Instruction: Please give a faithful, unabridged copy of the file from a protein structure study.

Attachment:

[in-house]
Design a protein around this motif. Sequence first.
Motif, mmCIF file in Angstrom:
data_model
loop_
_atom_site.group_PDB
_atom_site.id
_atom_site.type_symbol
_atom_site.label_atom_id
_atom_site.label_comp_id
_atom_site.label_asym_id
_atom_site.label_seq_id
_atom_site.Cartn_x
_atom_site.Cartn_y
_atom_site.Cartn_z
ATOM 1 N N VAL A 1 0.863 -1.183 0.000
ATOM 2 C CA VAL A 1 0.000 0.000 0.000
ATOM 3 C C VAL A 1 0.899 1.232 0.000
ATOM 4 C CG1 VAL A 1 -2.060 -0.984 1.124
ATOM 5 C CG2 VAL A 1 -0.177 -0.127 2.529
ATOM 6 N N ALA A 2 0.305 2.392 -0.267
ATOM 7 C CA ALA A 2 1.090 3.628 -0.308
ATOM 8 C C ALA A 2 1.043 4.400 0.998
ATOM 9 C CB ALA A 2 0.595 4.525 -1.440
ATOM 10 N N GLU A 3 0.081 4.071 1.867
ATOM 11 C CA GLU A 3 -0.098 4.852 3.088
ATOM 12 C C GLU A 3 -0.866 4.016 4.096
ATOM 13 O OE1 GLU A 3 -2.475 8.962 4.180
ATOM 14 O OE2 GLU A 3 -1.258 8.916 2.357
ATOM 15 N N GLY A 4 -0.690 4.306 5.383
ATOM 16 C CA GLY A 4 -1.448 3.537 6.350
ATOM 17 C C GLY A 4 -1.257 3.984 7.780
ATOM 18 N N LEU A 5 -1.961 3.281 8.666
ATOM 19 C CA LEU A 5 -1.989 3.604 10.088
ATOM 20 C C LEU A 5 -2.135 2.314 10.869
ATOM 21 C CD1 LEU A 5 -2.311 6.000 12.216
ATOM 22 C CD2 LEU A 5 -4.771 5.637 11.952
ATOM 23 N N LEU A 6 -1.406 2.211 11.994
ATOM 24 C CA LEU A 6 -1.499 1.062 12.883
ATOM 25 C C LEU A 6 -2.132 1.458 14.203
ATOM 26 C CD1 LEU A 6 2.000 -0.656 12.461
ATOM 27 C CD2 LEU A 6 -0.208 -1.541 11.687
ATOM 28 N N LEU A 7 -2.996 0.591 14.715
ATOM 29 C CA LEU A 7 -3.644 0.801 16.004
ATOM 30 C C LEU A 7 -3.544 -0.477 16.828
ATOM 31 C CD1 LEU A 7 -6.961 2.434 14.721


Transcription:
[in-house]
Design a protein around this motif. Sequence first.
Motif, mmCIF file in Angstrom:
data_model
loop_
_atom_site.group_PDB
_atom_site.id
_atom_site.type_symbol
_atom_site.label_atom_id
_atom_site.label_comp_id
_atom_site.label_asym_id
_atom_site.label_seq_id
_atom_site.Cartn_x
_atom_site.Cartn_y
_atom_site.Cartn_z
ATOM 1 N N VAL A 1 0.863 -1.183 0.000
ATOM 2 C CA VAL A 1 0.000 0.000 0.000
ATOM 3 C C VAL A 1 0.899 1.232 0.000
ATOM 4 C CG1 VAL A 1 -2.060 -0.984 1.124
ATOM 5 C CG2 VAL A 1 -0.177 -0.127 2.529
ATOM 6 N N ALA A 2 0.305 2.392 -0.267
ATOM 7 C CA ALA A 2 1.090 3.628 -0.308
ATOM 8 C C ALA A 2 1.043 4.400 0.998
ATOM 9 C CB ALA A 2 0.595 4.525 -1.440
ATOM 10 N N GLU A 3 0.081 4.071 1.867
ATOM 11 C CA GLU A 3 -0.098 4.852 3.088
ATOM 12 C C GLU A 3 -0.866 4.016 4.096
ATOM 13 O OE1 GLU A 3 -2.475 8.962 4.180
ATOM 14 O OE2 GLU A 3 -1.258 8.916 2.357
ATOM 15 N N GLY A 4 -0.690 4.306 5.383
ATOM 16 C CA GLY A 4 -1.448 3.537 6.350
ATOM 17 C C GLY A 4 -1.257 3.984 7.780
ATOM 18 N N LEU A 5 -1.961 3.281 8.666
ATOM 19 C CA LEU A 5 -1.989 3.604 10.088
ATOM 20 C C LEU A 5 -2.135 2.314 10.869
ATOM 21 C CD1 LEU A 5 -2.311 6.000 12.216
ATOM 22 C CD2 LEU A 5 -4.771 5.637 11.952
ATOM 23 N N LEU A 6 -1.406 2.211 11.994
ATOM 24 C CA LEU A 6 -1.499 1.062 12.883
ATOM 25 C C LEU A 6 -2.132 1.458 14.203
ATOM 26 C CD1 LEU A 6 2.000 -0.656 12.461
ATOM 27 C CD2 LEU A 6 -0.208 -1.541 11.687
ATOM 28 N N LEU A 7 -2.996 0.591 14.715
ATOM 29 C CA LEU A 7 -3.644 0.801 16.004
ATOM 30 C C LEU A 7 -3.544 -0.477 16.828
ATOM 31 C CD1 LEU A 7 -6.961 2.434 14.721